For those who want a more vanilla World of Warcraft experience, Blizzard is releasing World of Warcraft Classic this summer. The retro server will take players back to game patch 1.12 from 2006, though in-game content will start from the beginning of the game and release at a similar pace as the original release. So, players can grow alongside WoW all over again.
In the past few weeks, Blizzard has been detailing the different aspects of World of Warcraft Classic on the MMO’s forum, so fans can know exactly what to expect when the server launches later this year. The latest forum post takes a look at the itemization system for the game.
While you might think that items wouldn’t be a major sticking point for an MMO retro server, for WoW Classic, things get a bit complicated.
According to Blizzard:
It’s been a lot of fun over the last couple of months to dive into the development of WoW Classic with the team, while trying to answer some of the many questions that have been posed here and elsewhere. Looking at the plans for a phased content release, unlocking dungeons and raids, and unlocking other systems, it’s clear that the aim is to create a progression experience that resembles the original arc from when WoW first launched. In thinking about what belongs in each of those phases, the team’s focus has always been on rewards.
Developers have scoured through vendor lists and treasure tables for items that were added in patches, and then attached them to the staged content unlock plan. This means that if a new item was originally added to a dungeon boss’s loot table with Ahn’Qiraj, you shouldn’t expect it to appear in WoW Classic until Phase 5, which is the phase that contains Ahn’Qiraj content.
Along the way, we’ve seen many questions asking if we’re also retracing the steps of incremental changes to individual items and their stats that may have occurred throughout original WoW. Such a plan could be called “progressive itemization.”
Here’s an example of progressive itemization. The Tier 2 warrior Helm of Wrath originally had Spirit and Agility on it, as well as critical strike chance. In Patch 1.5.0, the helm’s stat budget was changed to Stamina, Strength, and Defense, along with elemental resistances. Then in Patch 1.7.0, the amount of Defense on the helm was reduced. In Patch 1.8.0, the 5-piece set bonus that included the helm was fixed to work with Whirlwind, and in 1.9.0, it got a better look with an art update.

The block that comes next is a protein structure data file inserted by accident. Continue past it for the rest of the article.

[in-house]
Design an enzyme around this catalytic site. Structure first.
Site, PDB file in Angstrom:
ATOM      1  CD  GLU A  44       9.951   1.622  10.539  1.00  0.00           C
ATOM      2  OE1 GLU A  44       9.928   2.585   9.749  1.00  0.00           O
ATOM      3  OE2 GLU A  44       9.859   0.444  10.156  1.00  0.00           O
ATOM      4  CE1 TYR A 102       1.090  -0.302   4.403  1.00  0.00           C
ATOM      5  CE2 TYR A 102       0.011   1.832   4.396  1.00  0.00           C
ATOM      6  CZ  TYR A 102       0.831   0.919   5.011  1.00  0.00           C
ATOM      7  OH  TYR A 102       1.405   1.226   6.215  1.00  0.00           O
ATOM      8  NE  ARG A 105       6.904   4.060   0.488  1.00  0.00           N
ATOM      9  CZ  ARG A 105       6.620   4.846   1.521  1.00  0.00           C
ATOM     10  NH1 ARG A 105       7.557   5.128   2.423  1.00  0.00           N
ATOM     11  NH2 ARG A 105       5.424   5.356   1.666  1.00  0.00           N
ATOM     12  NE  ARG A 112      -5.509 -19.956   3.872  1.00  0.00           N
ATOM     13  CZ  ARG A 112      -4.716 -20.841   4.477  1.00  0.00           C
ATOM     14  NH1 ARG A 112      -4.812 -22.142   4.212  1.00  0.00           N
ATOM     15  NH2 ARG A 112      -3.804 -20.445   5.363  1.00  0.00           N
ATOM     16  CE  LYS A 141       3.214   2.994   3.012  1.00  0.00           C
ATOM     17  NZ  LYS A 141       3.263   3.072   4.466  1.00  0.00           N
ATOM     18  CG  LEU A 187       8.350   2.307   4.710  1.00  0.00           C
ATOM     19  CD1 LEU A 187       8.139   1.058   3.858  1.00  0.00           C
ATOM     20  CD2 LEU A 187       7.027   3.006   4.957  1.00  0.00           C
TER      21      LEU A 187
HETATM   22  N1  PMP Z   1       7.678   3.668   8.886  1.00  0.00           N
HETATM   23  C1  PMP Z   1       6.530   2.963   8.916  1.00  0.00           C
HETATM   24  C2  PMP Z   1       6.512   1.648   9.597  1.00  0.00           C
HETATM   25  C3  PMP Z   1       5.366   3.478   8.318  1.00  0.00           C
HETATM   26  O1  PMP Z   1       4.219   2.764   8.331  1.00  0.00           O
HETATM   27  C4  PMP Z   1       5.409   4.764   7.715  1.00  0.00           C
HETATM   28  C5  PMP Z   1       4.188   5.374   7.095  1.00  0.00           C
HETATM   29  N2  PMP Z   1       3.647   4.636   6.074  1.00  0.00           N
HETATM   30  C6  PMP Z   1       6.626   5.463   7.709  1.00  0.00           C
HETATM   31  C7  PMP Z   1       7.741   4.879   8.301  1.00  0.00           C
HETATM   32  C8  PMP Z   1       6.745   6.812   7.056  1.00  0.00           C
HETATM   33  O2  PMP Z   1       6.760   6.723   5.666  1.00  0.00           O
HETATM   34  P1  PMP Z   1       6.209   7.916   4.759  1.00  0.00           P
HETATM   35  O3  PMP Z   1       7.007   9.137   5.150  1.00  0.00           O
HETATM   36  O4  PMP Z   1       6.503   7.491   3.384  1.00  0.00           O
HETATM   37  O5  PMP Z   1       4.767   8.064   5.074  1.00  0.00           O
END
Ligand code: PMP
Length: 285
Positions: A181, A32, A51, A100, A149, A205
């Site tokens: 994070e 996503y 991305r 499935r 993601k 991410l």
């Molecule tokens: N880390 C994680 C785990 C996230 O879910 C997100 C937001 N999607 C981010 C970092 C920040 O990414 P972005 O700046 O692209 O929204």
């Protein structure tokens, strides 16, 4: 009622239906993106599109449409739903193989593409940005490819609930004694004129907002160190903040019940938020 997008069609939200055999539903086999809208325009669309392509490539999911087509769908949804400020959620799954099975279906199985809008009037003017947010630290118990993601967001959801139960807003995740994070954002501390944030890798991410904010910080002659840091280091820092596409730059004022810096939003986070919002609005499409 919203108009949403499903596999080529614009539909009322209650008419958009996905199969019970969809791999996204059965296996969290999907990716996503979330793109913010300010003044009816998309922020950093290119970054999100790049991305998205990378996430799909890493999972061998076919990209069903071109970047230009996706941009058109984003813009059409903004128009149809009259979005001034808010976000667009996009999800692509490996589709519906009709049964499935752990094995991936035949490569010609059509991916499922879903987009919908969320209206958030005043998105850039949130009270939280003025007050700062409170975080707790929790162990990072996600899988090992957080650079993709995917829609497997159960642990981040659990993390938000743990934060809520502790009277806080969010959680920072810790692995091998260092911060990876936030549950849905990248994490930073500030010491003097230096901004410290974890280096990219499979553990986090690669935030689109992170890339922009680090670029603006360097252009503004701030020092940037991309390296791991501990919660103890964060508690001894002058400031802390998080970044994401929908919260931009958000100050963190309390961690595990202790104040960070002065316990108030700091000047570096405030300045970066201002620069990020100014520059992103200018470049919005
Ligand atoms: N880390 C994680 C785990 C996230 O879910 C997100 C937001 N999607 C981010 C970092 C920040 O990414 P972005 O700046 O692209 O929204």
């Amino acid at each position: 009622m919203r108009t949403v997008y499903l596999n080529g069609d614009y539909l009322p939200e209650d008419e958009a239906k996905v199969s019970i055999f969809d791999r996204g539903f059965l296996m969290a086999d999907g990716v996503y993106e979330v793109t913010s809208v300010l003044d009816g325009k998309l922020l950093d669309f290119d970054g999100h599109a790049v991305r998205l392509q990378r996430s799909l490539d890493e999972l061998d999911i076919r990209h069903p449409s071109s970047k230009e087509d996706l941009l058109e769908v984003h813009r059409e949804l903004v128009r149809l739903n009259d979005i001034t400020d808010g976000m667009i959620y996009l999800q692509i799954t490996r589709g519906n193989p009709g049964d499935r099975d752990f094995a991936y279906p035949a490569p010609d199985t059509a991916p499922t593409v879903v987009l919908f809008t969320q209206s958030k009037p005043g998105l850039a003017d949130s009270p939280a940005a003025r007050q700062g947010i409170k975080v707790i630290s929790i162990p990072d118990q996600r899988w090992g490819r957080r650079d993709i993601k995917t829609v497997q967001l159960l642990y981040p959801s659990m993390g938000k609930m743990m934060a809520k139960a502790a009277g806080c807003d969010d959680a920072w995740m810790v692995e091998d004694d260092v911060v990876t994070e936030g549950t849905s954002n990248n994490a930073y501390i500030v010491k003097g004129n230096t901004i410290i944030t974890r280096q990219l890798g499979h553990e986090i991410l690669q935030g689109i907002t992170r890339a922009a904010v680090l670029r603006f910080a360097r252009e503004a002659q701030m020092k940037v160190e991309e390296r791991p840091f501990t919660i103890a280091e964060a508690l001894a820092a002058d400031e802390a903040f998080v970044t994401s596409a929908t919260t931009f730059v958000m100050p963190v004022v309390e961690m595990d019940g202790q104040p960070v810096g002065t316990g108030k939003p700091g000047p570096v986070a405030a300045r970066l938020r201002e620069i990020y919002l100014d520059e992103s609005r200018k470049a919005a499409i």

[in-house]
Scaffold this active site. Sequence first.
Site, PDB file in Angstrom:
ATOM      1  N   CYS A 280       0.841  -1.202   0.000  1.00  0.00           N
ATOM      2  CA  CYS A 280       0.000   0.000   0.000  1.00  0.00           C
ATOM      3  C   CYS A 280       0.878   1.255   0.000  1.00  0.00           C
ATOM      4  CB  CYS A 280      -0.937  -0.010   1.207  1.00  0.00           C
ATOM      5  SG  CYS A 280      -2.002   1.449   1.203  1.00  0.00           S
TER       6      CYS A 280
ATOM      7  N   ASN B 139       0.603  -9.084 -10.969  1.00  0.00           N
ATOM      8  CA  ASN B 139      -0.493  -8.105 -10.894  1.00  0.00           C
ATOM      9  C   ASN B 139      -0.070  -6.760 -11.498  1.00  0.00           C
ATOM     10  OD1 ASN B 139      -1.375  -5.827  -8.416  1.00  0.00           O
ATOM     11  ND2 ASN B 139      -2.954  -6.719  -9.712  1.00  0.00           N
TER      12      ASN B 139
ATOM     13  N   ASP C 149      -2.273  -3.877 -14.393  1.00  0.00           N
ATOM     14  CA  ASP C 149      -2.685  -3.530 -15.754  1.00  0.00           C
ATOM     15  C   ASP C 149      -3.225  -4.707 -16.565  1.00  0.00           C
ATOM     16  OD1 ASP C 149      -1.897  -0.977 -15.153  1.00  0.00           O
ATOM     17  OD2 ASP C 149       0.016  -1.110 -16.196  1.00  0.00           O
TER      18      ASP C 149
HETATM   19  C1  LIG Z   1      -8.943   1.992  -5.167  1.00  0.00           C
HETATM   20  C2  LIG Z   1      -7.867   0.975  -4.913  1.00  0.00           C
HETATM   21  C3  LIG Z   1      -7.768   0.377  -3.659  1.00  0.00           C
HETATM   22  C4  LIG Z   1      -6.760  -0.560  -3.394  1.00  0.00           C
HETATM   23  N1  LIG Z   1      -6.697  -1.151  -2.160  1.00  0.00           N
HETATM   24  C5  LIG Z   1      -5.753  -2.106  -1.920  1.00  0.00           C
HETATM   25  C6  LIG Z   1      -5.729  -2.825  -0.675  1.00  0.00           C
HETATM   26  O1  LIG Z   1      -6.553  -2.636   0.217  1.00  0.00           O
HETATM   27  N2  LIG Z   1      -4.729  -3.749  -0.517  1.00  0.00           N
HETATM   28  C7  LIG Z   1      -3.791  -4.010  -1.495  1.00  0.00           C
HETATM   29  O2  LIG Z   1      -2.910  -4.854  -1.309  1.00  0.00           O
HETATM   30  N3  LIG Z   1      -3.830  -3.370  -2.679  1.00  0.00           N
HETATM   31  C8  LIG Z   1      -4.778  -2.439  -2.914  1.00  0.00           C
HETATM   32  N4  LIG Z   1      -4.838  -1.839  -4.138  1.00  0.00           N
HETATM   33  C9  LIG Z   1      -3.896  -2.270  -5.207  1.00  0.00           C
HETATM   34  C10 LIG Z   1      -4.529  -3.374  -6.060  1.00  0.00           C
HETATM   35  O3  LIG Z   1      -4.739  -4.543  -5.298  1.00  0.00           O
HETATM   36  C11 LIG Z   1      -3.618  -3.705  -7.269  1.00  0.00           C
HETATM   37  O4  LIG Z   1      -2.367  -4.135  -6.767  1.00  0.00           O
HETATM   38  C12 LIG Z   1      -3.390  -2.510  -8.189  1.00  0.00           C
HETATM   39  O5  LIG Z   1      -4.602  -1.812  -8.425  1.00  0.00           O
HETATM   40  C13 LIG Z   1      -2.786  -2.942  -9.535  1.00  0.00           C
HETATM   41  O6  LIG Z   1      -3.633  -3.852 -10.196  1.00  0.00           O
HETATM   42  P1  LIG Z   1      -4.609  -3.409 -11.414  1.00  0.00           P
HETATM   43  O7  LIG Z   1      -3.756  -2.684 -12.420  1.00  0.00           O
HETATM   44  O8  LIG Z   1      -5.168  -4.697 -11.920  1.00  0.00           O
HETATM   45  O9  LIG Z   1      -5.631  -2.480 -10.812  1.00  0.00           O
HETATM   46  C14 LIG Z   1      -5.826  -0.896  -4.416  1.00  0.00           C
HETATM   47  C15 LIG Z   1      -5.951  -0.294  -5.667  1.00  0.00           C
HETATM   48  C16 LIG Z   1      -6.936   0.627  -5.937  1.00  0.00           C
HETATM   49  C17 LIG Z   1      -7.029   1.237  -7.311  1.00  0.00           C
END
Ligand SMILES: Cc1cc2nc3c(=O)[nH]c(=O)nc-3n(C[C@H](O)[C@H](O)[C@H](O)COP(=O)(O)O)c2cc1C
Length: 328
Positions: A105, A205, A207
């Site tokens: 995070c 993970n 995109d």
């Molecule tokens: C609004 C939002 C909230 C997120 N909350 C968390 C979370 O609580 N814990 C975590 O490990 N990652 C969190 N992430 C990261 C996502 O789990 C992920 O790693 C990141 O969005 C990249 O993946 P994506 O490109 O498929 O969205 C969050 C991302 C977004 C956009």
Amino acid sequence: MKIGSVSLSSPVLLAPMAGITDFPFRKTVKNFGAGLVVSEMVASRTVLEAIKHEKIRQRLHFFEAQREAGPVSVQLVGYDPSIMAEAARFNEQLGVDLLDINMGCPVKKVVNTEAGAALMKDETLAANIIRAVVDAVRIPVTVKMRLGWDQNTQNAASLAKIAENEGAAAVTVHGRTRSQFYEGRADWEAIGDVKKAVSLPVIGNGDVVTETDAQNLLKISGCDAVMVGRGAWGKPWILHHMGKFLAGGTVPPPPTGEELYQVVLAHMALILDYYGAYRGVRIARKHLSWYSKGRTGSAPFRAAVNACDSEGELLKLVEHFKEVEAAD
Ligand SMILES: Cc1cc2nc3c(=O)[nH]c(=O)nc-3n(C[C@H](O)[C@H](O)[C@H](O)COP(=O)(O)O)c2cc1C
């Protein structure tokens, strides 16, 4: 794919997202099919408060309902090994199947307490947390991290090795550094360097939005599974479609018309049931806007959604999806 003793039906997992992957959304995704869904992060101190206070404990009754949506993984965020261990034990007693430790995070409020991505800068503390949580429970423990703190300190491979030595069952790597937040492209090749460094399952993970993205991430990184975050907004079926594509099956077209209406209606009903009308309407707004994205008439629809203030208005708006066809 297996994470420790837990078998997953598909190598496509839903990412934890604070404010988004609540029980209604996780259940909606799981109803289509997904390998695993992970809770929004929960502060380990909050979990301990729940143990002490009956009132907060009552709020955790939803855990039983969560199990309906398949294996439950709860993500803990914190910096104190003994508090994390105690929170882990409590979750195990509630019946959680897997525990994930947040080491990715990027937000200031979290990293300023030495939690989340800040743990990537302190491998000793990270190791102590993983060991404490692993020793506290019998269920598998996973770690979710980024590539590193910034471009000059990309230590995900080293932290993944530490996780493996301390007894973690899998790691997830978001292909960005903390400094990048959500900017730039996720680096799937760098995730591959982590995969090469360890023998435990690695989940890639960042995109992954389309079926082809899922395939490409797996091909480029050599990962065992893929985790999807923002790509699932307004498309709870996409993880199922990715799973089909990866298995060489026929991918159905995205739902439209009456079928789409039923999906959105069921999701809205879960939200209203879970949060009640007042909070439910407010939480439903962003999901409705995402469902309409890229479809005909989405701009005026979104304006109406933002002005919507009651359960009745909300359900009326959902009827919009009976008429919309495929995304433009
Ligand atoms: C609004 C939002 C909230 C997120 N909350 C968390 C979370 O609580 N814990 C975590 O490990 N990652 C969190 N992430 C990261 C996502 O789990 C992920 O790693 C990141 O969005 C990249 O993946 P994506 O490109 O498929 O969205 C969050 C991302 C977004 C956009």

WoW Classic will only include that last version of the item, as it existed in our reference version: 1.12.
Of course, this raises the question “why?”. Why differentiate between adding new items along the way and making modifications to existing items?
When new items are added to loot tables, you’re generally seeing a deliberate effort to provide catch-up gear and/or to provide new goals for players who had exhausted an existing reward structure. For example, in original WoW, items were added to give players a way to quickly prepare for Ahn’Qiraj without having to spend months in Molten Core and Blackwing Lair.
The changing of existing items in patches often illustrated the original design team responding to how players played the game. Their primary goal at the time was to make rewards more relevant and exciting. Developers realizing that Spirit probably wasn’t an ideal stat for a warrior raid set helm* was an example of this sort of change.
While some fans might be upset that the items won’t slowly evolve over time to reflect the various original patch updates, we do have to agree to Blizzard’s point that item changes between patches are all about finding balance. So you won’t be dealing with the same item-based balance and content problems you had back in 2006. Which is, really, the best of both worlds. You get the retro leveling experience while also avoiding some of the pitfalls of early WoW.
World of Warcraft Classic will launch on PC in Summer 2019.